A foreign hire will experience multiple shocks when moving to a new country. As the move is work-based, the employer has a significant role in alleviating these shocks. Over the years many employers have used various tools to make the move easier: Immigration and relocation services, language training, cultural coaching, different lump sums etc. Which of these are the most effective, and what impact do they have to the success of an assignment or employment?
Immigration services, also called permit services, are invaluable for both the employee and the company hiring him. By utilizing them the company frees itself and the employee from the one thing that makes most of us nervous: dealing with bureaucracy. An incoming employee is rarely an expert even in the bureaucracy of his own country, due to emigration not being a common thing for many of us. Support in these matters is often most welcome.
Relocation services cover various support functions aimed at making the settling-in process easier: Finding the right home, local orientation, school and daycare options for children, mapping the possibilities for various hobbies, and for example using the local public transport system. These are things that impact the everyday lives of all of us. Changes to these daily matters causes great stress even when moving between two cities in the same country. How much greater it is then when moving between countries? It is very difficult for an employee to concentrate on work if various big and small issues are weighing on their subconscious.
Language and cultural training often go hand in hand. Usually in positions requiring special expertise, the common language is English and work-related duties can be fulfilled in English. Still, some companies find it helpful to offer their employees classes in the local language. This usually has a positive impact on the settling-in of the employee, provided the employee takes the classes seriously. More beneficial however may be to provide cultural training, since many issues usually chalked up to language are actually based on cultural and communication differences. For example, Finnish bluntness and appreciation of personal space or the American feedback culture where critique is delivered between two pieces of positive news may cause serious misunderstandings, which cause tensions, stress, and avoidable damages.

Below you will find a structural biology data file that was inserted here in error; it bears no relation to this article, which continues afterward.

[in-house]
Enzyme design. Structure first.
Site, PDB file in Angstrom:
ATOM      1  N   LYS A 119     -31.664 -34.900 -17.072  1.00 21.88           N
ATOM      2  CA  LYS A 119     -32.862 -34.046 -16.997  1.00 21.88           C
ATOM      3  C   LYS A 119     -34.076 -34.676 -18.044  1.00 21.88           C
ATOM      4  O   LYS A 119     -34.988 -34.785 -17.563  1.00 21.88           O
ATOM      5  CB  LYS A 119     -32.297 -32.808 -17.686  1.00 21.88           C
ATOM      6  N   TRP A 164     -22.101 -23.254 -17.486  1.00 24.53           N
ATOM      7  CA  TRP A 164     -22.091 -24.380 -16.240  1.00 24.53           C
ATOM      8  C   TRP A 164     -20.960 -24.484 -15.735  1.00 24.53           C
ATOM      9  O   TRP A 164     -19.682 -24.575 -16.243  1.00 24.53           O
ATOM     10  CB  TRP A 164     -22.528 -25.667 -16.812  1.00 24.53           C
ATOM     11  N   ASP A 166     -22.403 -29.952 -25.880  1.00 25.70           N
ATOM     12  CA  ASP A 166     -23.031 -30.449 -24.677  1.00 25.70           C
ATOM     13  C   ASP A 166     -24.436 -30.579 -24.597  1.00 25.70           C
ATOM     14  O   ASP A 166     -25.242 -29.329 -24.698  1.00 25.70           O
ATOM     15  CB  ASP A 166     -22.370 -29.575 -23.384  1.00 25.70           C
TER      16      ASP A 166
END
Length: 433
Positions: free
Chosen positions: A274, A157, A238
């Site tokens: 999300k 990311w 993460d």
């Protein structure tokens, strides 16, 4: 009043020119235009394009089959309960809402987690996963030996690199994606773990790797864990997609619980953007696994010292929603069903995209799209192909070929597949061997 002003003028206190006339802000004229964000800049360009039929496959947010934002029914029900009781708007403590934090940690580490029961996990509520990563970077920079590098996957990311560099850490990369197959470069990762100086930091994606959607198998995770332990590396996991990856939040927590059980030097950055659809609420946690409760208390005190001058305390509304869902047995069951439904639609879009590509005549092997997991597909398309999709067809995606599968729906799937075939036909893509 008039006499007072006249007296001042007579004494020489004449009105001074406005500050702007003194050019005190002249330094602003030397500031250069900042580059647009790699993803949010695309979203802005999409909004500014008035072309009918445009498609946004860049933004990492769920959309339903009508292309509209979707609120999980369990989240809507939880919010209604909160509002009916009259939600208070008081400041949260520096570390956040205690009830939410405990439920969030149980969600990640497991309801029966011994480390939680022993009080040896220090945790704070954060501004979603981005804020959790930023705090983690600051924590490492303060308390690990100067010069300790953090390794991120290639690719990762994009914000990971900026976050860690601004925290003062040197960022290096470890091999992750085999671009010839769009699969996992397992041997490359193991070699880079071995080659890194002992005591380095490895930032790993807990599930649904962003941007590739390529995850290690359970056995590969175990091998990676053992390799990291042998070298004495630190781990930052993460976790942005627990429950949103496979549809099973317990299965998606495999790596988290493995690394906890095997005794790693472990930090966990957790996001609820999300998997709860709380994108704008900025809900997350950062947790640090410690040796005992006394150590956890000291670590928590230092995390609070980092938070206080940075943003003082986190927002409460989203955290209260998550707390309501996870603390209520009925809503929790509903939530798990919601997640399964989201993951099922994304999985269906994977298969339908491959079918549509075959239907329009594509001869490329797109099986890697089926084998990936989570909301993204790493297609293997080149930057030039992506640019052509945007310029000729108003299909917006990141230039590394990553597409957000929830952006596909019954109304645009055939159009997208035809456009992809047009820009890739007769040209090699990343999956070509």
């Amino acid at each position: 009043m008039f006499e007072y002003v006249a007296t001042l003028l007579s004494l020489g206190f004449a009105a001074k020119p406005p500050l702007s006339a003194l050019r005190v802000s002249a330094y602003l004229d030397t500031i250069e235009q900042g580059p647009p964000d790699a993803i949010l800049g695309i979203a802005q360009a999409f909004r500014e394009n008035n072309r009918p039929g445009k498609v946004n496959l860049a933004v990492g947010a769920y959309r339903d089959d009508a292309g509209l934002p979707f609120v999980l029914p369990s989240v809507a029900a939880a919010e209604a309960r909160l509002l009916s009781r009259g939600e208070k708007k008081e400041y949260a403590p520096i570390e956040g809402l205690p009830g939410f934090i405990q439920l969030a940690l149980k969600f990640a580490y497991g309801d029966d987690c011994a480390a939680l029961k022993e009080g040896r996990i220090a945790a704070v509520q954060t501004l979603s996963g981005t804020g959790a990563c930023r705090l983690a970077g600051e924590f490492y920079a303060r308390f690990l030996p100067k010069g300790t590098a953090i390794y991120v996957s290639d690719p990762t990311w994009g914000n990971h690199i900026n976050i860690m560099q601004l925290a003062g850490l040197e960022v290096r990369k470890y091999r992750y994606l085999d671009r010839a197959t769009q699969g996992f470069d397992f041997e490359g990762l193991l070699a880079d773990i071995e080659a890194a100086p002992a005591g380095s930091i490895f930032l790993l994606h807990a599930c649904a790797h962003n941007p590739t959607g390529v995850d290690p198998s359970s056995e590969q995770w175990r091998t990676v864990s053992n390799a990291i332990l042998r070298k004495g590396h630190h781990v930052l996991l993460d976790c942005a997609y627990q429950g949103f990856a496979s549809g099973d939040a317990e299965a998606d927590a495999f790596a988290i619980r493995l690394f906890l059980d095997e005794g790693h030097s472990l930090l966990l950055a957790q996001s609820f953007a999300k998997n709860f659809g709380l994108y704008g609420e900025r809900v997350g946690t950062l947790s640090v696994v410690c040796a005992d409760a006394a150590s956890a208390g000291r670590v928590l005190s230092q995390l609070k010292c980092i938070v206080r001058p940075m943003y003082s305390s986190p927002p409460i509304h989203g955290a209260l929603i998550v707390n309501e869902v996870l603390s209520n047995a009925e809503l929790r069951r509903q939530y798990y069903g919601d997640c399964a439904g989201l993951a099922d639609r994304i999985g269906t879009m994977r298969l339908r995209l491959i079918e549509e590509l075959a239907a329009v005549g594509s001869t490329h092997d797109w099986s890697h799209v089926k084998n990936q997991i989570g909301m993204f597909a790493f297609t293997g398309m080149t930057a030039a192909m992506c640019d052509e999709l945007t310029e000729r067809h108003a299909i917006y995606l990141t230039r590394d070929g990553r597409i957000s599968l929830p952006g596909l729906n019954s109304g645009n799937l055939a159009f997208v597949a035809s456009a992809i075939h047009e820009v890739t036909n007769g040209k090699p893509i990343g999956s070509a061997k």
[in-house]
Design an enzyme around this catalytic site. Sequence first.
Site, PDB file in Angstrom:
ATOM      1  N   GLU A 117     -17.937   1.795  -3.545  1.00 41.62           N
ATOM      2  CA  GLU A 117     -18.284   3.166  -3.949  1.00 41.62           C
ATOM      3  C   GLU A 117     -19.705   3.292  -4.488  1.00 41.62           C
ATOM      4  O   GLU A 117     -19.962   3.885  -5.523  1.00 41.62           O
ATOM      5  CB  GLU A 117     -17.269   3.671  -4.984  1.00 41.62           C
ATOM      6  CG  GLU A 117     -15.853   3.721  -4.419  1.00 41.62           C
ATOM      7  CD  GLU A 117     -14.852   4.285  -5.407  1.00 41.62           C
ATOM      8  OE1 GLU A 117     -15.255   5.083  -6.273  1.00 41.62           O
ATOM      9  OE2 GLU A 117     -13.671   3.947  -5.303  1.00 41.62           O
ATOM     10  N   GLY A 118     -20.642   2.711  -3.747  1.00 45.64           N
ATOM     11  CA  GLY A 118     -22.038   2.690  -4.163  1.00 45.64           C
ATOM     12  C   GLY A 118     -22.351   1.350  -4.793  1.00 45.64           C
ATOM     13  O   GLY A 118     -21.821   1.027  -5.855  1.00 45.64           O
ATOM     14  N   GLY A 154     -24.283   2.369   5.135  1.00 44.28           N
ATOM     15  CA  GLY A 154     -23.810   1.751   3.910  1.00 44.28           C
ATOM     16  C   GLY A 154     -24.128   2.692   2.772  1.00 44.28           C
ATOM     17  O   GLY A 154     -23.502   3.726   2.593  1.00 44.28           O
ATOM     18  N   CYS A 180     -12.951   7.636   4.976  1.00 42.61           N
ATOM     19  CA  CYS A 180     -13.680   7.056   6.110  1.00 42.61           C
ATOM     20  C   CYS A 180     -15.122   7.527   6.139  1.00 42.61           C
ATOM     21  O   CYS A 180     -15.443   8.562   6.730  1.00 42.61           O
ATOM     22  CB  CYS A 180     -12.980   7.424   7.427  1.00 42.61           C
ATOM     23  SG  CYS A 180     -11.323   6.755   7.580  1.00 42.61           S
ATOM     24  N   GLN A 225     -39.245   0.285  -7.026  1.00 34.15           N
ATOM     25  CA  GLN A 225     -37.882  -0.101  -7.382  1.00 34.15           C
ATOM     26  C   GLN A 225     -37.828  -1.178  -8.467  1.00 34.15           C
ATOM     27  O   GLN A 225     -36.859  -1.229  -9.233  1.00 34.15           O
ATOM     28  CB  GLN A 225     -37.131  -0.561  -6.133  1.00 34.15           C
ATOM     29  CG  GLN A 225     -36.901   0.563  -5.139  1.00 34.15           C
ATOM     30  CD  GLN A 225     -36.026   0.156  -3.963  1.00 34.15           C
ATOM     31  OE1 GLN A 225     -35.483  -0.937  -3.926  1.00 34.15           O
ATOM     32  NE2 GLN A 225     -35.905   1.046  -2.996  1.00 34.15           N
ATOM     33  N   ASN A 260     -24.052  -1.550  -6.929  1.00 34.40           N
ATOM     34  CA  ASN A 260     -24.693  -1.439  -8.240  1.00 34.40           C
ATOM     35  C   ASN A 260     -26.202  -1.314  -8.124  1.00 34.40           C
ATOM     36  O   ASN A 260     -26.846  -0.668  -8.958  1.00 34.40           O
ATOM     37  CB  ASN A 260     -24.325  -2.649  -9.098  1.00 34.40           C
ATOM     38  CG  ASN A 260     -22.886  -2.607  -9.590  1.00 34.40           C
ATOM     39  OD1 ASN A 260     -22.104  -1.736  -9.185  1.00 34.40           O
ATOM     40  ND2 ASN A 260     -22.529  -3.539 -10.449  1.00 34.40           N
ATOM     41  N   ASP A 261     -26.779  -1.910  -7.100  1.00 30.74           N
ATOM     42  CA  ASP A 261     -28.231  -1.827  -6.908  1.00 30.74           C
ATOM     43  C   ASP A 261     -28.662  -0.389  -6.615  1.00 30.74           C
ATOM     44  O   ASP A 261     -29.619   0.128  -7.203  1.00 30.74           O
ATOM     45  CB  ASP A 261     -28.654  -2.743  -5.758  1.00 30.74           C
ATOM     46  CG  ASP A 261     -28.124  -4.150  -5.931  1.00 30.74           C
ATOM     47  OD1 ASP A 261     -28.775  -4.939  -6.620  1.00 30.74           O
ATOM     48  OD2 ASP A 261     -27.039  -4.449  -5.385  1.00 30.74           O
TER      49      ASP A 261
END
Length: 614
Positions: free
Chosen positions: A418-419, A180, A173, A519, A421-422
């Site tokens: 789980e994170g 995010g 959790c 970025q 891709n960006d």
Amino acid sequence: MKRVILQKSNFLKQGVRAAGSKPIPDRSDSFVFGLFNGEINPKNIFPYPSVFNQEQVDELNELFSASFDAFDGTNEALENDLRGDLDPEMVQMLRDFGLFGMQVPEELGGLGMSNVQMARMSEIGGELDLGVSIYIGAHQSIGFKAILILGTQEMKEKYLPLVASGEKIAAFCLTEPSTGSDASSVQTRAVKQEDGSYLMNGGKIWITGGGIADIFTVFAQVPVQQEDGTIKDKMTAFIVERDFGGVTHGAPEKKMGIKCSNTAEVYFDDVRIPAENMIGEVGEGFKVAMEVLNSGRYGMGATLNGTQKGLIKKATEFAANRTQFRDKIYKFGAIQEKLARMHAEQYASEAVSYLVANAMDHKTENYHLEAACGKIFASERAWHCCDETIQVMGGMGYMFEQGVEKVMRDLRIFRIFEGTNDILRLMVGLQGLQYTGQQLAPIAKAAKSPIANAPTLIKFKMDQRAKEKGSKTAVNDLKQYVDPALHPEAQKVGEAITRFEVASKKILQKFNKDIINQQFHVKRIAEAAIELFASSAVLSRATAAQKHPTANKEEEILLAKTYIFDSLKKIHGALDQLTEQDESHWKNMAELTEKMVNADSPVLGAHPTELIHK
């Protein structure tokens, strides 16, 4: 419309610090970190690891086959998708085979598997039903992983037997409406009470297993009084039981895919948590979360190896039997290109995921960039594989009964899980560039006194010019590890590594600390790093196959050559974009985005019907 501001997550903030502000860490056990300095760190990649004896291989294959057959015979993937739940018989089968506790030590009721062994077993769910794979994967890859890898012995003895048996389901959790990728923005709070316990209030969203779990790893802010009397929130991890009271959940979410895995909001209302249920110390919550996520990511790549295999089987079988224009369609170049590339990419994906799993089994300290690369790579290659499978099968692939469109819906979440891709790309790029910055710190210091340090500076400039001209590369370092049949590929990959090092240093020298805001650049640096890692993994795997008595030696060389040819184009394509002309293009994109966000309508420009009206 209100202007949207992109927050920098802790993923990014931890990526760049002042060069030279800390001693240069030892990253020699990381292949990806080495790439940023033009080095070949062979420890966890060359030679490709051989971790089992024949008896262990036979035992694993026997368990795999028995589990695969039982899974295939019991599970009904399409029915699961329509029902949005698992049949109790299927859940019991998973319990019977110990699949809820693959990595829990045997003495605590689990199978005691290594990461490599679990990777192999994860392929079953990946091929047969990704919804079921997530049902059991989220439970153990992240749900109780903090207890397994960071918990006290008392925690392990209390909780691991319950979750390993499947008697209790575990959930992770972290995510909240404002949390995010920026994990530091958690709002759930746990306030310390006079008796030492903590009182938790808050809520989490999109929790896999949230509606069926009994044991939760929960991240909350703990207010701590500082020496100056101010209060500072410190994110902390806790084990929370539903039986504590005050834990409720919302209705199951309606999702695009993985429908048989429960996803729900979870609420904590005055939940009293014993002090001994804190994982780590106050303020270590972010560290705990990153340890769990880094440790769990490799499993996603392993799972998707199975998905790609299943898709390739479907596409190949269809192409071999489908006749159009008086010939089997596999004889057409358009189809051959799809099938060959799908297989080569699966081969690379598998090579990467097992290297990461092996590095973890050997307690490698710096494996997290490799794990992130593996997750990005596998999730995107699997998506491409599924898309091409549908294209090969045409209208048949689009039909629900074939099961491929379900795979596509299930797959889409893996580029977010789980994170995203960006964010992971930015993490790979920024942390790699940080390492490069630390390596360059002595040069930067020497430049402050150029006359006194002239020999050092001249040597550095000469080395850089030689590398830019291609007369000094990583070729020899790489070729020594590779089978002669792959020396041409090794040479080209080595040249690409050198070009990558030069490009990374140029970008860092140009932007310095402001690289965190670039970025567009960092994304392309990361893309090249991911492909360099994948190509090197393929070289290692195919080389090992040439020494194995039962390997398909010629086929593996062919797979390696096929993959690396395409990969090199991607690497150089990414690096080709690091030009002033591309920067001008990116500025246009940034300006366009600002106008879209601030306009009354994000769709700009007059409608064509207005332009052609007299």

The last tool to make a foreign hire’s or expats move easier is to pay him a lump sum, which is to cover all the expenses of the move. This option has some attractive qualities to companies: It is easy and it is cheap to implement. The employee will be responsible for everything related to the move, and the lump sum of money warms the heart for a moment. It has significant shortfalls however, which some companies choose to close their eyes of: The lump sum is usually used on nonessential things, such as a new TV or a vacation. This means that the HR will often have to answer questions relating to immigration or everyday living, things that are not part of their main responsibilities. The lump sum doesn’t remove or reduce the work needed for a successful immigration from the employee, not does it offer security or certainty for the employer that all matters have been taken care of properly. Another problem is immeasurableness: The free use of the money makes this option an impossible one to monitor and thus to produce measurable data of. Offering a lump sum instead of services may also impact recruitment. Which one sounds more attractive: “We offer a full relocation and immigration service package, to make sure your move is as positive an experience as possible”, or “We offer the person selected for this position a lump sum to over moving expenses”?
Employers have many tools at their disposal to help with the employee’s settling in and enabling a productive start to their employment. Out of these tools the employer has to build a whole that suits their situation and needs the best, so that both their and the employee’s needs are considered.